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Serving: IN

Turning cover crops into a family business

Photos courtesy of Sarah Hanes Reese and Hanes families
FAMILY AFFAIR: These are the Reese and Hanes families all together at their last field day. Jon Reese is on the far left and Sarah Hanes is in the middle.
This family shares their passion for cover crops with others by offering seeding services and holding field days.

On their farm in Miami County, Ind., soil health and conservation are top priorities for Jon Reese and his daughter, Sarah Hanes. Reese started using cover crops nearly 25 years ago.

This passion led to more than just using cover crops on their own farm. The father-daughter team continued to learn more about them. Reese attended many conferences on cover crops, while Hanes started selling cover crop seed for La Crosse Seed, headquartered in La Crosse, Wis. They have also learned through trial and error. With this knowledge, Reese, Hanes and her husband, Scott, started a small business helping local farmers implement cover crops into their operations.

The family works with customers to assess their fields and decide which crops are best for the situation. They then seed the cover crops. What started out as a few extra fields for local farm families has expanded into multiple counties. More and more people come to them for their expertise.

Cover crops are not always a priority for farmers. “In the fall, farmers are worried about being in the combine, not trying to get cover crops seeded, which is where we have started to come in,” Hanes says.

The business is still in its developing stages. The Haneses work with people on different test plots on local farms.

Their own experience with cover crops started when Reese frost-seeded clover into a few acres. At the time, soil health wasn’t the hot topic in agriculture that it is now. Reese was just experimenting to see if he could increase nitrogen levels.

Why cover crops

Agronomists say cover crops sequester nutrients, increase nitrogen and phosphorus, help with erosion and water control, and increase organic matter. They are also a way to introduce new species into the crop rotation, help with weed control, and improve soil health and biological activity.

These advantages have been known for quite some time. Still, only about 10% of Indiana farms use cover crops. So, what’s next?

Quite possibly, leaders like the Haneses are onto something. They now use cover crops on all their tillable acreage. They are sold on the value of using cover crops and have made it part of their mission to make sure everyone knows about their benefits.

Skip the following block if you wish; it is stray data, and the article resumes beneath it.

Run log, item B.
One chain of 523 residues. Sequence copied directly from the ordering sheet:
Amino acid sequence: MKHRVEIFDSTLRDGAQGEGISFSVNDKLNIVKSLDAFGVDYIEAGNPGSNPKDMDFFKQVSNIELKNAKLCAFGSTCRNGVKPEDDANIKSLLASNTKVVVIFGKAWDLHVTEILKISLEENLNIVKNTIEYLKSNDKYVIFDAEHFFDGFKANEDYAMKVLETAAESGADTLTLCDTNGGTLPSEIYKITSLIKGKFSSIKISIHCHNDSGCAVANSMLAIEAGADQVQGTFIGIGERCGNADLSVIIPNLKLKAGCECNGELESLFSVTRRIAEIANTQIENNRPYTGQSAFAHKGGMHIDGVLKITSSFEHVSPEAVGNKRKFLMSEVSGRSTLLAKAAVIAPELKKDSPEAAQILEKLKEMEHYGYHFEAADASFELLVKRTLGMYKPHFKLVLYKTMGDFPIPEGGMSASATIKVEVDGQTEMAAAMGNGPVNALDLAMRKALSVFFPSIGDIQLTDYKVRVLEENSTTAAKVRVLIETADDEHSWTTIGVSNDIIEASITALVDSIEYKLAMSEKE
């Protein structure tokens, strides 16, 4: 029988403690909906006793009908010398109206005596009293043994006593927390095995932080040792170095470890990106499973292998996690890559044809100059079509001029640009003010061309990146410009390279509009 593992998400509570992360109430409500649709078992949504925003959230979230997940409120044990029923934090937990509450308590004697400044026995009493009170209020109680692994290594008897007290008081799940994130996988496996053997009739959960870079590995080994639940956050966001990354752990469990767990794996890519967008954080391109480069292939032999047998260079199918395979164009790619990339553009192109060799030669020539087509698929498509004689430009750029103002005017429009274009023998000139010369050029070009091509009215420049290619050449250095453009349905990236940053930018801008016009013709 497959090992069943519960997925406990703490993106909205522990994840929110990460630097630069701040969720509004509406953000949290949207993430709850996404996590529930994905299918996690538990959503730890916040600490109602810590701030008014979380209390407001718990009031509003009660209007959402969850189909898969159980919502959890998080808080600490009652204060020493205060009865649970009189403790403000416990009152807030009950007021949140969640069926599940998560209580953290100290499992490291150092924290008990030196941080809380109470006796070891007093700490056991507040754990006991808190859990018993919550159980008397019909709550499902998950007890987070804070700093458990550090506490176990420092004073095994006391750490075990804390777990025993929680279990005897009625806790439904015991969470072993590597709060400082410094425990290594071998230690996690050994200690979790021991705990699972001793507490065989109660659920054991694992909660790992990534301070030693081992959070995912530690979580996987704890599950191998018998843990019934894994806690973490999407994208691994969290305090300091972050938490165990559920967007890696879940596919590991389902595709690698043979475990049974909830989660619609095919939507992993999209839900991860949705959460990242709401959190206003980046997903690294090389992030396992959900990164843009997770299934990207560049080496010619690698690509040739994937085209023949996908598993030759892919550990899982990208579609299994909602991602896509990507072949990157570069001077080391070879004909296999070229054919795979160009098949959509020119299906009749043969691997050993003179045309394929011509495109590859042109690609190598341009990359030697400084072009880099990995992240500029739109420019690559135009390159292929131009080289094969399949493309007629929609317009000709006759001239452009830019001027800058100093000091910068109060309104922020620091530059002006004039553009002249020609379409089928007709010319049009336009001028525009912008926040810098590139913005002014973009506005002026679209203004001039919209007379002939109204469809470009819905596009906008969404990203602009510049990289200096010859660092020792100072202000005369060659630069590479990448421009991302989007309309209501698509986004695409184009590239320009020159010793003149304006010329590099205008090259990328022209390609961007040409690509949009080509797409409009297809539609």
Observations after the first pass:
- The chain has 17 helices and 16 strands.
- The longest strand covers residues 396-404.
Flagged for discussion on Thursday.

They started by holding an annual field day at their farm. They hosted soil scientists and soil and water conservation specialists, and offered educational sessions on weed identification and soil health. They dug soil pits and used soil profiles to educate local farmers on the benefits of using cover crops and implementing conservation practices into their operations.

Advice on using cover crops

“Start simple,” Hanes advises. “You want to have something green and living up until planting. It doesn’t have to be a big mix that you plant at a crazy rate.”

She says cereal rye is an easy crop to manage with a good growth rate if you are looking for an option to start out. They have had a lot of success with it.

cover crop mix with radishes and sunflowers

ADVANCED MIX: The Reese and Hanes families have used a lot of different cover crop mixes. Here is a cover crop mix with radishes and sunflowers.

Reese says one of the biggest mistakes people make is starting with crops that are harder to manage so they think it’s too much work. That experience can discourage them from using cover crops in the future.

“Oats and radishes get really rank and have a lot of growth,” he says. “If those are the crops you want to start out with, don’t plant them at a crazy rate, so the growth doesn’t get out of control.”

Seeing improvements

You won’t start seeing changes overnight. Reese and Hanes say farmers really have to know what they are looking at to understand and see the changes that are occurring.

A soil scientist who attends their field day every year said one of the most noticeable changes is soil color, indicating an increase in organic matter, Reese reports. This shows that cover crops are, in fact, improving the soil over time.

One of the fields Reese and Hanes added to their operation is another prime example of how they have improved the land. This ground was farmed hard. After the land was drained and tiled, they brought in a deep ripper with a 450-hp tractor. When they hit a spot in the field where they killed the tractor, they thought they might have hit a house foundation because the ground was so hard. The waterways were always running brown, no matter how little rain they received.

After their first year with a crop and a cover crop, they report that the waterways run clear after it rains. By implementing a no-till and cover crop system after retiling the field, they have completely changed the field’s water filtration.

Cover crops aren’t new and aren’t going away anytime soon. But farmers are learning new things all the time to improve their use. Leaders like Reese and Hanes are paving the way for the future in making row crop practices more sustainable with cover crops.

Kuhn is a senior in agricultural communication at Purdue University.

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